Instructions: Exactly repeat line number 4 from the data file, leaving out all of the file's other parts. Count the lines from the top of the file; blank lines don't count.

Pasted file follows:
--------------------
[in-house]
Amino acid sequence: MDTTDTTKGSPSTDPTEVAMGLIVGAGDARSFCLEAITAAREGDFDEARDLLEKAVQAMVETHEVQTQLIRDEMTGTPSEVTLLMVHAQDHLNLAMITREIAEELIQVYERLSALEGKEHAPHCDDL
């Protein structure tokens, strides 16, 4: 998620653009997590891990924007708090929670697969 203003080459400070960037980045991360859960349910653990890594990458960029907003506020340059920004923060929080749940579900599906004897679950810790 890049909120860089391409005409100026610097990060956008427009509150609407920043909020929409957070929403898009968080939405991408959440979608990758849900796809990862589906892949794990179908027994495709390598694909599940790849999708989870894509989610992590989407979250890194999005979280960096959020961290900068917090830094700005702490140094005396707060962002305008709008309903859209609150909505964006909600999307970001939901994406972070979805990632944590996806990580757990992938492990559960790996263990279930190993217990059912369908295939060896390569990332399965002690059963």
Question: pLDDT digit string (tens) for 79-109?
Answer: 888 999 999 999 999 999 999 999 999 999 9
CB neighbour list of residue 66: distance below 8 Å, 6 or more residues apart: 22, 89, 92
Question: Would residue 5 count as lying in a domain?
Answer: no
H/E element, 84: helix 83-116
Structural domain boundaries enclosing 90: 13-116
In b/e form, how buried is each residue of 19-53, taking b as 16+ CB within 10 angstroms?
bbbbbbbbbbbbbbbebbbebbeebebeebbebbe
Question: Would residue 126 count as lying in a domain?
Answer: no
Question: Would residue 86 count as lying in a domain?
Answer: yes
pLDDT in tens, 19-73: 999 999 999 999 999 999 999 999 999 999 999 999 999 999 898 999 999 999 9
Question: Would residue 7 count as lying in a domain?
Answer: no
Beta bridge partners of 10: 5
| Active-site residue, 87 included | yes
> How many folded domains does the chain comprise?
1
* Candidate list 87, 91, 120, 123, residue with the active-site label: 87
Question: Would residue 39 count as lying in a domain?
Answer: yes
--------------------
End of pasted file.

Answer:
Question: pLDDT digit string (tens) for 79-109?